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Group decision support systems.

Committee meetings and group projects are a part of everyday life in the business world. Policies, budget plans, and many other organizational tasks frequently involve some sort of group discussions or meetings. Consequently, managers find themselves spending a great deal of time in meetings and often view them as unproductive or a "waste of time." A Group Decision Support System (GDSS) offers a viable and attractive alternative over the traditional, oral meeting environment and in many situations, has revolutionized the concept of meetings.

Interest and research in the area of GDSS is growing due to the systems' ability to enhance group productivity and interaction. They can decrease the amount of time necessary for meetings by over 50 percent, and can foster collaboration, communication, and negotiation among group participants (Dennis, et al., 1988). For many organizations, this alone is a sufficient incentive for investing in GDSS.

What is a GDSS?

DeSanctis and Gallupe (1987) originally defined a Group Decision Support System as a system that combines communication, computing, and decision support technologies to facilitate formulation and solution of unstructured problems by a group of people. There has been a general lack of consensus about what exactly constitutes a Group Decision Support System, however. GDSSs have evolved beyond their original emphasis on decision making, and new terms such as Electronic Meeting System (EMS), Computer-Supported Collaborative Work (CSCW), and Groupware are also used to describe the technology. Whatever tenn is used, a GDSS today can be defined as a computer-based system that supports groups of people engaged in a common task and that provides an interface to a shared environment. Most GDSSs are designed to help groups become more productive by supporting the exchange of ideas, opinions, and preferences within the group.

Group participants using a typical GDSS may be seated at microcomputer terminals arranged in a semi-circle or U-shape and connected via a Local Area Network (although alternative meeting styles are also available as discussed in the following section). A group leader or facilitator stands in front of the group and controls the meeting by starting and stopping the software, preparing questionnaires, and performing other administrative tasks. Meeting participants communicate with each other and the facilitator via a computer network and participate in brainstorming (see figure 1), voting, ranking, and other procedures to accomplish group tasks. In addition, the software may provide access to databases, models, statistical analysis packages, and a host of other tools.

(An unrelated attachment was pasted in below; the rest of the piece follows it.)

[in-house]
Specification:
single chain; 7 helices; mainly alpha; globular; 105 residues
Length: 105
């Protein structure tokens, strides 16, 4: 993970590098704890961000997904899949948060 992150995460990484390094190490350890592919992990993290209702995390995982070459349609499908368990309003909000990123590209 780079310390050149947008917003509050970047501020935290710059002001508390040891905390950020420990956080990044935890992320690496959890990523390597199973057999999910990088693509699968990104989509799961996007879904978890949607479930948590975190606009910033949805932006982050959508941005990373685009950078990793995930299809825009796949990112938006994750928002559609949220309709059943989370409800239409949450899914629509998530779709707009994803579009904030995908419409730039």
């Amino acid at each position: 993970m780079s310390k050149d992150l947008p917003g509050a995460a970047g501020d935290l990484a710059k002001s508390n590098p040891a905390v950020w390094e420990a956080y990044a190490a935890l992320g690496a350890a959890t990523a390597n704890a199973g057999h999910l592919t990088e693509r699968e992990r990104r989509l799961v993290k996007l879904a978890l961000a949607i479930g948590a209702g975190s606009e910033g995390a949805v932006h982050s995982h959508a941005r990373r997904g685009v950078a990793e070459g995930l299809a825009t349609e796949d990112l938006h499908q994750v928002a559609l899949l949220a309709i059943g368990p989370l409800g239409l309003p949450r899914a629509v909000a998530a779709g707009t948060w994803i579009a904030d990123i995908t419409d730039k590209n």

GDSS Environmental Settings

A GDSS contributes to problem solving by providing an environmental setting that facilitates group communication. Four types of GDSS settings are used and are based on the size of the group and where the members are located. In each setting, group members can meet synchronously. That is, they can meet at the same time or at different times when all group members cannot be present simultaneously. A brief discussion of these four types of GDSS settings follows:

* Decision Room: A small group in a face-to-face meeting. A decision room supports a small group ranging in size from three to approximately 24 people who need to meet face-to-face. Some decision rooms (such as the SAMM system at the University of Minnesota) can support a group no larger than 10 people while others (such as the facilities at the University of Arizona or IBM) can support larger groups.

* Local Area Decision Network: A small group whose members are dispersed. When a few group members are unable to meet face-to-face and are dispersed in a limited geographical area, a Local Area Decision Network can be used. For example, group members may meet in different offices asynchronously using a computerized bulletin board, or they may meet synchronously using a real-time document editor.

* Legislative Session: A large group in a face-to-face meeting. When the group is too large for a decision room, a Legislative Session room is required. Although the boundary between what constitutes a "small" group and a "large" group is not rigorously defined, groups of 50 to 100 people are generally considered large. The facility at the University of Mississippi provides 55 microcomputer terminals on four tiers in an auditorium and is an example of a Legislative Session room.

* Computer-Mediated Conference: A large group dispersed geographically. Several office automation applications such as computer conferencing, audio conferencing, and video conferencing permit geographically-dispersed group members to communicate. Using a Computer-Mediated Conference, there is no need to schedule meetings in advance. Participants send their input to a central database or electronic mailbox, and other participants respond to the input and eventually a decision is made by consensus.

Advantages and Disadvantages of a GDSS